“Ah, I see another practice is underway. These things cannot be rushed. Bellringing takes a great deal of dedication, does it not, Arnold, a patient and kindly dedication.”
“Oh, are you a ringer, Rector?” I asked in interest (ringers seem to be everywhere).
“No.” Laughter. “I am merely talented at uttering commonplaces.”
So the lesson began, practicing what is called the “backstroke,” which is just the tail of the rope. Bellringing involves two strokes, one pulling the tail to make the bell swing, and one pulling the middle, “the sally,” to stop the bell in its swing. Each pull achieves a “ding.” But you’d be amazed at the difficulty — the sheer complication! — of aligning these two strokes, getting them to work in succession. And so the two strokes are separated in lessons. I pull the backstroke dozens and dozens of times, while Arnold takes care of the sally.
“Feet apart, hands pointing down, eyes straight ahead, don’t forget the little ‘flick’ at the end, arms up by your ears, STRETCH, don’t pull too hard, keep the tension…”
It’s maddening! You would not believe how difficult it is to remember all these elements.
The future bride and groom, accompanied by the Rector and the best man, arrived in the dim and cool nave, moving about as they rehearsed their big day. They all spoke very softly, as you do in a church, so I could not hear what they were saying. But as I took a break from my backstroke, sipping a bit of water, I looked at them and said to Arnold, “I think I’d rather be learning to ring bells, today, than starting over learning to be married.” He laughed and shook his head, as he does at most of what I say.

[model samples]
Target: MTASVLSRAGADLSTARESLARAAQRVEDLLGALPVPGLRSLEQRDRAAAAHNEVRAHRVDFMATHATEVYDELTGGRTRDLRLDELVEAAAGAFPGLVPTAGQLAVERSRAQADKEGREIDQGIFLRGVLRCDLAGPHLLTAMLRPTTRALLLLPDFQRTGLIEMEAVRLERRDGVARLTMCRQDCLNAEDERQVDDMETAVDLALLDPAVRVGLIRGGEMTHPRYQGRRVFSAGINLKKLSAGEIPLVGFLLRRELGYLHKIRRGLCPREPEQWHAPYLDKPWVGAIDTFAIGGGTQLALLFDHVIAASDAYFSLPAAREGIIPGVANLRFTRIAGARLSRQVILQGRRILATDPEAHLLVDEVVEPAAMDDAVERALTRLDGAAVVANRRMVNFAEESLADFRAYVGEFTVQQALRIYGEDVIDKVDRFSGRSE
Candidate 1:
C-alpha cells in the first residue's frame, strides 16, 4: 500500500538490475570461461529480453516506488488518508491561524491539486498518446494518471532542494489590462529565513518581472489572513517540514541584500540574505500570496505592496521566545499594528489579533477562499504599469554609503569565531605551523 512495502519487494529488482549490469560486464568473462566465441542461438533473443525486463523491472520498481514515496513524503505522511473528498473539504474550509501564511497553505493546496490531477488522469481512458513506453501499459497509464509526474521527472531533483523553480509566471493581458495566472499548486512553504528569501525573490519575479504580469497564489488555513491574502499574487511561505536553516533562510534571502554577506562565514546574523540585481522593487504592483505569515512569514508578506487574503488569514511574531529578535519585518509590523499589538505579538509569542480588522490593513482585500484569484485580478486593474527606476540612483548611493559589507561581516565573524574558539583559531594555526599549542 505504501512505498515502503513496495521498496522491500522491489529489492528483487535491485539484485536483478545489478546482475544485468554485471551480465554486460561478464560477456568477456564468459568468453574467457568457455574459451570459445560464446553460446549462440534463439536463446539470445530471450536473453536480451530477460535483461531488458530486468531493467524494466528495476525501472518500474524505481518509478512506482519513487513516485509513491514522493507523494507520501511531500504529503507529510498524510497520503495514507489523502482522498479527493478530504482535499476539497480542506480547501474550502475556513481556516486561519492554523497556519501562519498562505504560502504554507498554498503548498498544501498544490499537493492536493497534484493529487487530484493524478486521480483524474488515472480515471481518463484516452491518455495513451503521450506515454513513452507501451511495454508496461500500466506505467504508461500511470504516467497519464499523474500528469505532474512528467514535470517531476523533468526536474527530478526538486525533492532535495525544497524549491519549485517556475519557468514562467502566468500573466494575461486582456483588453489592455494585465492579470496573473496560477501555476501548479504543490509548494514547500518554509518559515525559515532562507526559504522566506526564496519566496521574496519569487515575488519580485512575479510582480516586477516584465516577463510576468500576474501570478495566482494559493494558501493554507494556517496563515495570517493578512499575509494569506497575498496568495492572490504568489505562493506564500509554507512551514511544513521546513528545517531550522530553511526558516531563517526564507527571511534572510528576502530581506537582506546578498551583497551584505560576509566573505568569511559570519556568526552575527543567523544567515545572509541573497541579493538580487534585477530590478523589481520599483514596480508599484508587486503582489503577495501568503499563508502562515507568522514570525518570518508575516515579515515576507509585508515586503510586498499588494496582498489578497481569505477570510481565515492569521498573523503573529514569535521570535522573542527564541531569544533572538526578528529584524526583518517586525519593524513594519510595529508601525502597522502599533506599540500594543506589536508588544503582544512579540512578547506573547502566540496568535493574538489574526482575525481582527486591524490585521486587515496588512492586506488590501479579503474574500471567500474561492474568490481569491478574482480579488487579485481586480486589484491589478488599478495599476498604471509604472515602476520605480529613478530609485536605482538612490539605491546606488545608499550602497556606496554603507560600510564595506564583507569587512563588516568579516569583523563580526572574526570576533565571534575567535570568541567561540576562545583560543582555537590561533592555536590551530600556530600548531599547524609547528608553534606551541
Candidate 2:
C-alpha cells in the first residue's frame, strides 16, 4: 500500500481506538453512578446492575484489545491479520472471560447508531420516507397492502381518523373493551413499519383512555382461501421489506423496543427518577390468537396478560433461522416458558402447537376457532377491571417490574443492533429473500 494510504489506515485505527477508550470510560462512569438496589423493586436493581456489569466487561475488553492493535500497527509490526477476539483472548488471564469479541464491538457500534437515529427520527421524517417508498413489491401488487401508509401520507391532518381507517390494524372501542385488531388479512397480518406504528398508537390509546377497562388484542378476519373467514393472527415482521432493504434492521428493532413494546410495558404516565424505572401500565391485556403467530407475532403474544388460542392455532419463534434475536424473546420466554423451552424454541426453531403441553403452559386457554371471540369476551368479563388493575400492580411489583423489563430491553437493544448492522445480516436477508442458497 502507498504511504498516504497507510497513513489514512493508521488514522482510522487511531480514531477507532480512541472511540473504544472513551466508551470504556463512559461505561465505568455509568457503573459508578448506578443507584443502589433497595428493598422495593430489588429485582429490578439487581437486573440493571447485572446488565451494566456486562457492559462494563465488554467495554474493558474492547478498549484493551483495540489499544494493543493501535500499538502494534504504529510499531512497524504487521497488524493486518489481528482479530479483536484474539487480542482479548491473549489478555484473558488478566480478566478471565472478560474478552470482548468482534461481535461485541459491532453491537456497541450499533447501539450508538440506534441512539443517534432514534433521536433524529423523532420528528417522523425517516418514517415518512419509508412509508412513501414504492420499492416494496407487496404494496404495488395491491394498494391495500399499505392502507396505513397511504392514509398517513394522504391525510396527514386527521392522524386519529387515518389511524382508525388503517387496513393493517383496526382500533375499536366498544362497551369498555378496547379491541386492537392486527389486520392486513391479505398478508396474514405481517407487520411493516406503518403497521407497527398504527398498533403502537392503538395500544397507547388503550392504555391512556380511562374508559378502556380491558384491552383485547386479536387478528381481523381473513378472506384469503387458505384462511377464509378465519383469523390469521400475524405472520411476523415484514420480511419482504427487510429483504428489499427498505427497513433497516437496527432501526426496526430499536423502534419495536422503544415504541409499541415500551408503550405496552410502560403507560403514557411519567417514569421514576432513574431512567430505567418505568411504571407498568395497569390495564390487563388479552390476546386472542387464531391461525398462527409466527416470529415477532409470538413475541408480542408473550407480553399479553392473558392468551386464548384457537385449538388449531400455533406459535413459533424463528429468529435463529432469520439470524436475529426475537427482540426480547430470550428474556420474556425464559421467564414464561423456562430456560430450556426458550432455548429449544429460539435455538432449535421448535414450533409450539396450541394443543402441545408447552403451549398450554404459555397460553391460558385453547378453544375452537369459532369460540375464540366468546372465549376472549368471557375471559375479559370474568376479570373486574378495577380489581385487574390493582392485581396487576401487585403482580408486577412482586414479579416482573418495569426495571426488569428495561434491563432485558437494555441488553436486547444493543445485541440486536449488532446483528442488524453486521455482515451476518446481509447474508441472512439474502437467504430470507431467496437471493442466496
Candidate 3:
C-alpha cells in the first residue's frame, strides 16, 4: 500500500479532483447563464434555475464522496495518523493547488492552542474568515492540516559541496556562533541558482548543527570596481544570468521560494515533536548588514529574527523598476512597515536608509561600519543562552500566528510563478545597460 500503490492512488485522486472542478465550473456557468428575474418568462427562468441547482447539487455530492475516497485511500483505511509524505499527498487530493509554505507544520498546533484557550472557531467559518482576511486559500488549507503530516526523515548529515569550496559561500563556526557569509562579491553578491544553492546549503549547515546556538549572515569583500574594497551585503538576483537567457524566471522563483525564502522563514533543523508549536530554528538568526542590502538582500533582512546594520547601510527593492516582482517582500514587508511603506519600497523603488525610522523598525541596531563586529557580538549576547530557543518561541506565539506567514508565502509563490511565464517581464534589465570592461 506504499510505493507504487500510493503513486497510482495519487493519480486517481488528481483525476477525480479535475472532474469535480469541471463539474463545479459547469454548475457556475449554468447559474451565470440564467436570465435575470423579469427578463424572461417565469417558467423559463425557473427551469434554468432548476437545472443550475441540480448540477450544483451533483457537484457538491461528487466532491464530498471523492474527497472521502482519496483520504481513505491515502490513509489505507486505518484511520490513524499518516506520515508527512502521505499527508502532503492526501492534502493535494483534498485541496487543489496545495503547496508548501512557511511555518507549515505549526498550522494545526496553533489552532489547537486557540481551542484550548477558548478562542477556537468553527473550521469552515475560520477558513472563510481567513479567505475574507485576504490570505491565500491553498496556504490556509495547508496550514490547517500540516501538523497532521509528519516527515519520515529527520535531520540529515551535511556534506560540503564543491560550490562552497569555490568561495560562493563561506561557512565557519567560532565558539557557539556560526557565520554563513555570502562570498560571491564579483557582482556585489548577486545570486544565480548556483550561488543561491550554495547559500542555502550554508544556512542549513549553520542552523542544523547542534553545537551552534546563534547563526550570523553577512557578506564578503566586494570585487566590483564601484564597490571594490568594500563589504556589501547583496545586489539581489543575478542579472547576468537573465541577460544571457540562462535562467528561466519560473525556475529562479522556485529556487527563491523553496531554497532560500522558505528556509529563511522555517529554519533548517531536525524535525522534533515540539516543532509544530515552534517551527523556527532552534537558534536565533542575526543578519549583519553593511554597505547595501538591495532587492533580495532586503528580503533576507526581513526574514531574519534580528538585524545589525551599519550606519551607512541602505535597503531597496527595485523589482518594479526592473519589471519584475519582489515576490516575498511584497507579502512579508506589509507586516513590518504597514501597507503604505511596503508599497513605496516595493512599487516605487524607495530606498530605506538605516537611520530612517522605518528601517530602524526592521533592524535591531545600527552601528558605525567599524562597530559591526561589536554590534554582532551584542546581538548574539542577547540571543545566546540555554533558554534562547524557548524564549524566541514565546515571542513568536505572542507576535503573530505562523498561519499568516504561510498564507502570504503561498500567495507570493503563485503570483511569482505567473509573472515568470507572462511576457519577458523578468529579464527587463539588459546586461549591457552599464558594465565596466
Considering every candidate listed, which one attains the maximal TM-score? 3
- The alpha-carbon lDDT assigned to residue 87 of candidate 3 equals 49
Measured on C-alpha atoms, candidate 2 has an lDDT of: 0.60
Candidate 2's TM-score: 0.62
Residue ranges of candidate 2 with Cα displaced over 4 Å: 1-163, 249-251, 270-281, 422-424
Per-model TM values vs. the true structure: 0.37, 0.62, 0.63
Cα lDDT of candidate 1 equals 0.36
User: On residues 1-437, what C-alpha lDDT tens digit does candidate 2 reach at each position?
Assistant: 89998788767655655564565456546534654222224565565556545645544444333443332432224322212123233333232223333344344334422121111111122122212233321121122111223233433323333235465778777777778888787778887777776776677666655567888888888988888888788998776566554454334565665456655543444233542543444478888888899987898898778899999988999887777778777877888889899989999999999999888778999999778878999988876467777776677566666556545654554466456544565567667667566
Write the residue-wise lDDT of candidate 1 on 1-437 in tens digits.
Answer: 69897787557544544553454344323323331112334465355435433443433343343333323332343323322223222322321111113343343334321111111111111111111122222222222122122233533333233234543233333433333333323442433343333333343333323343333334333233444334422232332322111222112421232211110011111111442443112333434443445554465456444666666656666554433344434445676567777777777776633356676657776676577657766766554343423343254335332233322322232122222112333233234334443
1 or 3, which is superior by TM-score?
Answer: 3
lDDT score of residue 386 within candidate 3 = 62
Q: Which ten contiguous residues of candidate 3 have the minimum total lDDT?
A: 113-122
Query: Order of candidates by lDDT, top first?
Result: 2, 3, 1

I thought of all the stages one goes through in learning to be married, if one does it in a traditional way: getting to know one another, deciding that this partnership will work, planning a wedding, setting up home, thinking about careers, thinking about having a baby.
“Now don’t pull too hard, just let the rope follow its own course, but guide it to the ground, hands down, don’t forget that ‘flick’ at the floor, just as if there were a twopence at your feet…”